Would it be crazy to even handle such a laser without eye protection?
I know that <5mW "should be" safe w/o goggles but how about from 5mW up to around 30mW. I see conflicting posts on laser pointer forums regarding safety. I am not talking about a direct hit to the eye from a foot or so but rather an accidental hit from a few yards or a reflection from that distance.
Class 3b is such a large range (5to 500 mW) it would seem that in the lower range (say 15- 30) it might not be a problem that could cause permanent damage. I dont want to be a test case so I wonder if anyone here has some real world experience about the risk of using a 15-30mW laser w/o eye protection.
If I buy said laser it will be from laserglow so it will be a true 35mW.
Your comments please.
Yes it stinks having to carry round a pair of goggles in order to use your laser.
Call it an inconveinent truth.
I would have liked to have gotten a 10 mw version before the USA Federal ban. Z bolt has some 5 mw lasers that appear to be more powerful than my CR 123 5mw green.
I am not aware of any federal ban can you point me to some authortative source to read up? I think higher powers are legal to own as long as they have the 5 safety features. I do have a remaining question about using them out of doors - but I think the astronomers do.
I bought the Laserglow Galileo cr 123 guaranteed above 4.5 mW, Z bolt's equivalent guarantees above 4.0 mW. Galileo costs more. I have not found anyone else reputable guaranteeing anything closer to the 4.99 mW legal limit for class 3a.
You never really know. I've used 50,w lasers without goggles with no trouble, but that doesn't mean that they're safe.
On the other hand, I was working with a 5mw diode in a lab once. I wasn't wearing goggles then either, and at one point I'd accidentally bumped the setup, which momentarily glitched the power supply, which in turn caused a spike in the laser's output. At the same moment, that bump caused the laser assembly to turn towards my face. The spike in laser output caught me in the corner of my eye and it stung.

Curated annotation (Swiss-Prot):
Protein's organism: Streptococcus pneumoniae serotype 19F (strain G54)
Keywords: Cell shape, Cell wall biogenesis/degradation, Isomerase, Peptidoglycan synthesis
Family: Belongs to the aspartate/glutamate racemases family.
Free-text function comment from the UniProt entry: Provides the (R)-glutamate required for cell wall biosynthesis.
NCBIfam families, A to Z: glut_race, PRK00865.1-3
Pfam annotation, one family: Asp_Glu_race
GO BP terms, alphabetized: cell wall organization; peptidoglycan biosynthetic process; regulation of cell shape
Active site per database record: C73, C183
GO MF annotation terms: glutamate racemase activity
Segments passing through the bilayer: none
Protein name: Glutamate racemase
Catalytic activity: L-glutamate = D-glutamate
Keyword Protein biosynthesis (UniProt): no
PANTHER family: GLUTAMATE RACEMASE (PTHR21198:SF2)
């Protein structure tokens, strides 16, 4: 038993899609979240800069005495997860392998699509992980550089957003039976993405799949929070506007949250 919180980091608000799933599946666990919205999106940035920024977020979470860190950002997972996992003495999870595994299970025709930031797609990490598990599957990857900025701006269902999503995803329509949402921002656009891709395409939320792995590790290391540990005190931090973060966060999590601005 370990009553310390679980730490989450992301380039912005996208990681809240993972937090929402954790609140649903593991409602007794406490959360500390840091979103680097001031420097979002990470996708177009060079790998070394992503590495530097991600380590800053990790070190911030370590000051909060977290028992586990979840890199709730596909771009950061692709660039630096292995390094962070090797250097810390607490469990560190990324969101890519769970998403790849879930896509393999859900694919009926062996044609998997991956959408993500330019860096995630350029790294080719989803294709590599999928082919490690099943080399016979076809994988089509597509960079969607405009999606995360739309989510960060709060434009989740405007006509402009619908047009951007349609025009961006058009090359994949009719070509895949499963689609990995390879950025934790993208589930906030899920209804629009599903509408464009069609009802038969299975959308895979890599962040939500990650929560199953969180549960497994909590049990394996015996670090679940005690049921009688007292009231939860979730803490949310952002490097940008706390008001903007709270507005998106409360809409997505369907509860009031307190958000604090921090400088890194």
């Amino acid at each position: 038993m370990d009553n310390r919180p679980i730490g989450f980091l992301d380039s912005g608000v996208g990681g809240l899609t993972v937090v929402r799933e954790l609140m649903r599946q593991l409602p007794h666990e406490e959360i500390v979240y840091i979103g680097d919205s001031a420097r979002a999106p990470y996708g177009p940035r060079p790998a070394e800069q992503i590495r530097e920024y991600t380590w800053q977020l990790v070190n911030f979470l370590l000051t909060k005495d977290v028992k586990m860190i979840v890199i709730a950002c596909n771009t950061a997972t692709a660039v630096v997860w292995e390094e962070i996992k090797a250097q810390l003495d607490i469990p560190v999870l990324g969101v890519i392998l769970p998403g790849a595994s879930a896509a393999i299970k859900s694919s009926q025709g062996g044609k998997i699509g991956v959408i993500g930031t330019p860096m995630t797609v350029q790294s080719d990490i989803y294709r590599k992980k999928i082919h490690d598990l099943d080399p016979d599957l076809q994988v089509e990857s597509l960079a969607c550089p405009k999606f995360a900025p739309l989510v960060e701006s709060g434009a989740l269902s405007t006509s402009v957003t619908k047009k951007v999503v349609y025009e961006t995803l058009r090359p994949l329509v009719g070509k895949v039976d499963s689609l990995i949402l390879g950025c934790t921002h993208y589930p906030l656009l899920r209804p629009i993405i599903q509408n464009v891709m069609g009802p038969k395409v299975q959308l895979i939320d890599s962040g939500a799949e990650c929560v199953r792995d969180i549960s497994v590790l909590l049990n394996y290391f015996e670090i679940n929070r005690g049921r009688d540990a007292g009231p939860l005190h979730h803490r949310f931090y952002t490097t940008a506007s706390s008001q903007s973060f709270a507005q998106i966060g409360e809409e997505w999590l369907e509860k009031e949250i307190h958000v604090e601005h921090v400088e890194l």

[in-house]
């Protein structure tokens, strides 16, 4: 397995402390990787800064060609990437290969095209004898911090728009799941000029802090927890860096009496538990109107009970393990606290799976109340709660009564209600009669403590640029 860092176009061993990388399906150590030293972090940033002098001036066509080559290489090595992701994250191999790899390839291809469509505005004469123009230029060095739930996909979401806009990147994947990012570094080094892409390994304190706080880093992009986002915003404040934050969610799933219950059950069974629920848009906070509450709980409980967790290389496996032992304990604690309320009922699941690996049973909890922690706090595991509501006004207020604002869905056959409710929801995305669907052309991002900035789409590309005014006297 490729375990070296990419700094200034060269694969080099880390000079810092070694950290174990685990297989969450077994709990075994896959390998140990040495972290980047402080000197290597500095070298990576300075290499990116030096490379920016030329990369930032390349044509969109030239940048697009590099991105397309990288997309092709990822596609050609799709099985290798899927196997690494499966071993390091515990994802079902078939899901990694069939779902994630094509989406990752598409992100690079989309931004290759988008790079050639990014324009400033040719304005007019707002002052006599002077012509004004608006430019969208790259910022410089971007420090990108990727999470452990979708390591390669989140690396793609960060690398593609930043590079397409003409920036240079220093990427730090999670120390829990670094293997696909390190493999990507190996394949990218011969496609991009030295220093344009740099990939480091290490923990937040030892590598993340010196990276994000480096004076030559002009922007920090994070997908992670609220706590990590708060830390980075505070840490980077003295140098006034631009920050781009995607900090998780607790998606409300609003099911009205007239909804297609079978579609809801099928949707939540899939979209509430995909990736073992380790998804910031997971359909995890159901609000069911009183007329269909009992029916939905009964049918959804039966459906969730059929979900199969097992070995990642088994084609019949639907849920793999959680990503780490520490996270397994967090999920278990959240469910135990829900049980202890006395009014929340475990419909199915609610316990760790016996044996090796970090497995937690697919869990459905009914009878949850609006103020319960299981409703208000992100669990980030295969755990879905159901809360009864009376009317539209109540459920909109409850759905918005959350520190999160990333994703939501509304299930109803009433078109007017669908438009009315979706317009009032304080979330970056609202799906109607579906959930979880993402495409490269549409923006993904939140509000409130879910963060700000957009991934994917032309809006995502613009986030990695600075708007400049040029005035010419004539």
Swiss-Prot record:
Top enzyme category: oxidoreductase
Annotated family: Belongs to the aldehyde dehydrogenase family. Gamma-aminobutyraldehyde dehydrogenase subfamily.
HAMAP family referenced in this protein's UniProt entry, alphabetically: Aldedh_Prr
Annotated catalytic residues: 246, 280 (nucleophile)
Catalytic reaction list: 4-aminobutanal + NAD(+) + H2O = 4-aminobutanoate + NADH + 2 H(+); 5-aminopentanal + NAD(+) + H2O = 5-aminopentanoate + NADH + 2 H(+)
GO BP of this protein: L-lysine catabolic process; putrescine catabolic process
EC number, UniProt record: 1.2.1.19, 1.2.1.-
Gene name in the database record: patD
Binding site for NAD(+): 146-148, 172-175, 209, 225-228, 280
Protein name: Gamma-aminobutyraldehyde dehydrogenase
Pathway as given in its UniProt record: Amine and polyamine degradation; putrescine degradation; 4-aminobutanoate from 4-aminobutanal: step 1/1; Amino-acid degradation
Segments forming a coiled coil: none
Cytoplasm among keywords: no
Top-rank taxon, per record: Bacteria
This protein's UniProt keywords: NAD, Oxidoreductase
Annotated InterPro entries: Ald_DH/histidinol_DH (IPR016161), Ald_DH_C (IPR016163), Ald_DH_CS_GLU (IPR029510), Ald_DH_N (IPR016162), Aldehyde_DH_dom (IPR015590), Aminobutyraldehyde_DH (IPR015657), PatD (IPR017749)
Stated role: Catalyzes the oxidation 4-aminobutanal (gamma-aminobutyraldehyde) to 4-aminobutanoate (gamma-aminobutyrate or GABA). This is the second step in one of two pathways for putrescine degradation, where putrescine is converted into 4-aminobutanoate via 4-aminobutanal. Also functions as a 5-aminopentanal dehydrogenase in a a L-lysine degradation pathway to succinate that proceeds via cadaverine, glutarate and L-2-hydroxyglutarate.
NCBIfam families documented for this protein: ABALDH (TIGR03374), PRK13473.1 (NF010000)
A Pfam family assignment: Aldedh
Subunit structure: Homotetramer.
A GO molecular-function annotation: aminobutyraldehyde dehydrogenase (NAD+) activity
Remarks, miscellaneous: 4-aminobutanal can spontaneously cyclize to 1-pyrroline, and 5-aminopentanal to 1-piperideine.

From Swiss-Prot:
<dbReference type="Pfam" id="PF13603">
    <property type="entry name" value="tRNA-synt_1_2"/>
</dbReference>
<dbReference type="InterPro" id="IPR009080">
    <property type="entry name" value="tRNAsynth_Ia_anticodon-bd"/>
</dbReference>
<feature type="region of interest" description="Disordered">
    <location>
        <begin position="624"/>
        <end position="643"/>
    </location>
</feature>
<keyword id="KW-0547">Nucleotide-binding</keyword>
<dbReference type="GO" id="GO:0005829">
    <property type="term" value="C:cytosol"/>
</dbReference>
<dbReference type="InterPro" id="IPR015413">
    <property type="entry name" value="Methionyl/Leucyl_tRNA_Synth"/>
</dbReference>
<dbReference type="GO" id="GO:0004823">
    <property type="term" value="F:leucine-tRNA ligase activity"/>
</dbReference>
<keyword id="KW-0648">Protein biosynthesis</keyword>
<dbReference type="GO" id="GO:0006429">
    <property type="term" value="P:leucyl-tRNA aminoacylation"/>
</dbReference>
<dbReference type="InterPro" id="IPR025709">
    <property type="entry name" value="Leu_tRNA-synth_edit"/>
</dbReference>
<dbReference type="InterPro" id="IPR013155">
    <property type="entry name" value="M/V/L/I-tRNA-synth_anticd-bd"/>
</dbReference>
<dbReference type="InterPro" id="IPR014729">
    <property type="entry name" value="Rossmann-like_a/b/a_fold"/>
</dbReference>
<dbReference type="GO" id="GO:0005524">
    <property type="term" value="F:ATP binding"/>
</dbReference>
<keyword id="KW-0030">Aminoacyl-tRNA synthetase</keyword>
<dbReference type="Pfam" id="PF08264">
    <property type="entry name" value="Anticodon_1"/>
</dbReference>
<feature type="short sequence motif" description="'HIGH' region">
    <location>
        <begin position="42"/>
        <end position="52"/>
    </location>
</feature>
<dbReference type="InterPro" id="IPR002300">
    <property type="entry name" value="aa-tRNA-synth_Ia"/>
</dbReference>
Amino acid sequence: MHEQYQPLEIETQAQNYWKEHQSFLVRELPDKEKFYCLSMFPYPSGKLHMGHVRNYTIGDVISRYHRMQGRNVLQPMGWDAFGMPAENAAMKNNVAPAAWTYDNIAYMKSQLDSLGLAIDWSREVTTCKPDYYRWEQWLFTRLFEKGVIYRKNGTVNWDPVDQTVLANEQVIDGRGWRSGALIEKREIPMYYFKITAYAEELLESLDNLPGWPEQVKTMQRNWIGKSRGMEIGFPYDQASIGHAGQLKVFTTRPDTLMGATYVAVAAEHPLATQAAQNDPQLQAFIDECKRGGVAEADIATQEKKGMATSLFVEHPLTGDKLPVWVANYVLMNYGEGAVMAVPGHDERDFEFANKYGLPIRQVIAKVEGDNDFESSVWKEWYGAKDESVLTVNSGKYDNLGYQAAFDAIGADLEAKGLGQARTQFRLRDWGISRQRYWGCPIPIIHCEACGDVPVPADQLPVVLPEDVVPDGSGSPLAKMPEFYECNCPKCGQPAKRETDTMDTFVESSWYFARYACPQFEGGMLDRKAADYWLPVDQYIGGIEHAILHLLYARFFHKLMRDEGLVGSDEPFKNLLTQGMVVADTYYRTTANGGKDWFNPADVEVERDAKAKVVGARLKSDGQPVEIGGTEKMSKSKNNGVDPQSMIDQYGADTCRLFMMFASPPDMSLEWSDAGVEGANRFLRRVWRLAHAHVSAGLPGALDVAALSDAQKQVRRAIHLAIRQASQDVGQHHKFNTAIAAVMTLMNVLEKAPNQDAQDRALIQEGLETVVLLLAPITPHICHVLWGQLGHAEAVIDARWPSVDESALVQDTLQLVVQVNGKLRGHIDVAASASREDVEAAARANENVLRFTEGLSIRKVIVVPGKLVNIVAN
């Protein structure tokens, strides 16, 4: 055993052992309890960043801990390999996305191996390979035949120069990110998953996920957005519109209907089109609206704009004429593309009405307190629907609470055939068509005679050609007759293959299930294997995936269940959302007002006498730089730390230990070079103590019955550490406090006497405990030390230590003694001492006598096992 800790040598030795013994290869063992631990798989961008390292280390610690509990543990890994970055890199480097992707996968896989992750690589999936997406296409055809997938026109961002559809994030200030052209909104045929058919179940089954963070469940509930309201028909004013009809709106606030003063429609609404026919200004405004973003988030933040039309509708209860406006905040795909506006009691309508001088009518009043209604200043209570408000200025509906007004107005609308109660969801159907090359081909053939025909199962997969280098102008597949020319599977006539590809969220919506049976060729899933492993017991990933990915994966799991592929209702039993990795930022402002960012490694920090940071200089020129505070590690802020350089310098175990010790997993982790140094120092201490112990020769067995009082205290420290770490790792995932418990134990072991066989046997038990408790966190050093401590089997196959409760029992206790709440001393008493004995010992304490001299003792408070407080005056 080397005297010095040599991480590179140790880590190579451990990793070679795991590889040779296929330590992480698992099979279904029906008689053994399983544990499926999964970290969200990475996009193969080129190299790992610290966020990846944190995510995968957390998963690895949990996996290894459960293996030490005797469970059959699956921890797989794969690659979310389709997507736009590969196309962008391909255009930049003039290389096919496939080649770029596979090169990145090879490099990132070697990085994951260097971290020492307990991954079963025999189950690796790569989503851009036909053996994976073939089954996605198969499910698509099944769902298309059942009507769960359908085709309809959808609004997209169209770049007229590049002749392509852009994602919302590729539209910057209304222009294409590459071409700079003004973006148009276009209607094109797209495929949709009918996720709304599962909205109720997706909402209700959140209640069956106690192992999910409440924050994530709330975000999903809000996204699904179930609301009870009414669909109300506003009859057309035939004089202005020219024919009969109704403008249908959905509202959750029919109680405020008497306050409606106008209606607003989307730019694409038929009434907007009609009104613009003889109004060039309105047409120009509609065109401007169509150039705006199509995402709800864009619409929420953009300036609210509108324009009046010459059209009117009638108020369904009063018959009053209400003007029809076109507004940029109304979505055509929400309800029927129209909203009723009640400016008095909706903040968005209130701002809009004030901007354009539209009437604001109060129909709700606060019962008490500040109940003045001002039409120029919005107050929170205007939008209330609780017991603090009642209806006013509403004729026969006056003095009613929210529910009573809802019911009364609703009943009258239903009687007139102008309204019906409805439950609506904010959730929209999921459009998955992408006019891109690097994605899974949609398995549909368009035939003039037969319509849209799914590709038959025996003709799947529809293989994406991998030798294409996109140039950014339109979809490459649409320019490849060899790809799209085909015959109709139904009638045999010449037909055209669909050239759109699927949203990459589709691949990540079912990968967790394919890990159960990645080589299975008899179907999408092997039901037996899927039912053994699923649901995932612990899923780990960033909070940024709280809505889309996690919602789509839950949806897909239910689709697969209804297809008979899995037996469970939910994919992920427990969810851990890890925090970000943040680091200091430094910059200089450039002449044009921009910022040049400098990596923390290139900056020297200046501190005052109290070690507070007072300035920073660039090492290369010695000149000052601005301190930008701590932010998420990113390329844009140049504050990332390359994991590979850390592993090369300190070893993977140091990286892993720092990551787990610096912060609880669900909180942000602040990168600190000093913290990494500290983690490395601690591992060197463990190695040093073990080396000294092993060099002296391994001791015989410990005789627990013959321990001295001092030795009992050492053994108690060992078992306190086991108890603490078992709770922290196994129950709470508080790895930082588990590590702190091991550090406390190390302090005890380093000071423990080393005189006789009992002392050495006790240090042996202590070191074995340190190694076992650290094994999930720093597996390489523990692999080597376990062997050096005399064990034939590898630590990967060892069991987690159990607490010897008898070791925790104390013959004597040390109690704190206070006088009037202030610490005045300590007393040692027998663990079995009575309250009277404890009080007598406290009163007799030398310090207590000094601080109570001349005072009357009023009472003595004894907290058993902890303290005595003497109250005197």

I was so rattled by this close call that I shut everything down, turned off the lights and went home.
I followed up with a visit to my opthamoligist. Fortunately there was no permanent damage, but gosh was I rattled by it.
My laser projector is a full Watt when fully on and I do not wear goggles when using it. Granted it is stationary and the beams are being moved; this may be apples to oranges. It is all about what you feel safe doing and how much faith you have in yourself and the controller of the laser. I have taken many hits in the eye from my projector and have no damage; that is not to say damage could not occur as it VERY well could. I frequently watch shows where to projector is pointed directly at the chair I sit in less than 10 feet away. This is done using a lense that diverges the lasers in conjunction with my software, Pangolin, that has an attenuation map where you can cause the lasers to turn off where ever you create the attenuation map. I attenuate from 3 inches above my head to just below my chest and about 3 inches to the left and right of each shoulder. Best seat in the house and no goggles, but I have faith in my equipment and do not fear sitting in this VERY UNSAFE location because of that faith. You should on do what you feel safe doing; 35mW can be dangerous as a constant stationary beam, or a full reflection of that beam. Keep it in constant motion and it is not as dangerous...